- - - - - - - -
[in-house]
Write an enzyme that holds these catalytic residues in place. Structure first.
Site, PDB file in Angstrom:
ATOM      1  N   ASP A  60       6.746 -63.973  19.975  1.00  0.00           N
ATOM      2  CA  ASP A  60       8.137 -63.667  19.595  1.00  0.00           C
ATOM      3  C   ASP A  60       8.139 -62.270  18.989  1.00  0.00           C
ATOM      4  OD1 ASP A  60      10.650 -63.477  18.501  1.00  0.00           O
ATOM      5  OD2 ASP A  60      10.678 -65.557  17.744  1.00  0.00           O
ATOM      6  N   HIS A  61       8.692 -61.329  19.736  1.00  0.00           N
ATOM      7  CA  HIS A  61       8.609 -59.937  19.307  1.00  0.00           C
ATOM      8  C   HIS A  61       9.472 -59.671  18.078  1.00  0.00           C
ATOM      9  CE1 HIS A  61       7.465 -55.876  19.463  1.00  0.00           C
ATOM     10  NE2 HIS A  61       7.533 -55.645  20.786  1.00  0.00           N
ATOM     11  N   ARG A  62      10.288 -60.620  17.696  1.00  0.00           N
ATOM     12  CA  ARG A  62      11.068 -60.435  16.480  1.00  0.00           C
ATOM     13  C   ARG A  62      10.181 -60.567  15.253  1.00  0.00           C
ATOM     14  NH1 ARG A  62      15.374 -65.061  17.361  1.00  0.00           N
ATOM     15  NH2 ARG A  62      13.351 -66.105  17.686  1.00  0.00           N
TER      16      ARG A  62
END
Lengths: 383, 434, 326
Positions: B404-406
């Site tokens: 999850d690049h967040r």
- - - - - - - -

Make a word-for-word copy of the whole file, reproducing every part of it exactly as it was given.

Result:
[in-house]
Write an enzyme that holds these catalytic residues in place. Structure first.
Site, PDB file in Angstrom:
ATOM      1  N   ASP A  60       6.746 -63.973  19.975  1.00  0.00           N
ATOM      2  CA  ASP A  60       8.137 -63.667  19.595  1.00  0.00           C
ATOM      3  C   ASP A  60       8.139 -62.270  18.989  1.00  0.00           C
ATOM      4  OD1 ASP A  60      10.650 -63.477  18.501  1.00  0.00           O
ATOM      5  OD2 ASP A  60      10.678 -65.557  17.744  1.00  0.00           O
ATOM      6  N   HIS A  61       8.692 -61.329  19.736  1.00  0.00           N
ATOM      7  CA  HIS A  61       8.609 -59.937  19.307  1.00  0.00           C
ATOM      8  C   HIS A  61       9.472 -59.671  18.078  1.00  0.00           C
ATOM      9  CE1 HIS A  61       7.465 -55.876  19.463  1.00  0.00           C
ATOM     10  NE2 HIS A  61       7.533 -55.645  20.786  1.00  0.00           N
ATOM     11  N   ARG A  62      10.288 -60.620  17.696  1.00  0.00           N
ATOM     12  CA  ARG A  62      11.068 -60.435  16.480  1.00  0.00           C
ATOM     13  C   ARG A  62      10.181 -60.567  15.253  1.00  0.00           C
ATOM     14  NH1 ARG A  62      15.374 -65.061  17.361  1.00  0.00           N
ATOM     15  NH2 ARG A  62      13.351 -66.105  17.686  1.00  0.00           N
TER      16      ARG A  62
END
Lengths: 383, 434, 326
Positions: B404-406
């Site tokens: 999850d690049h967040r």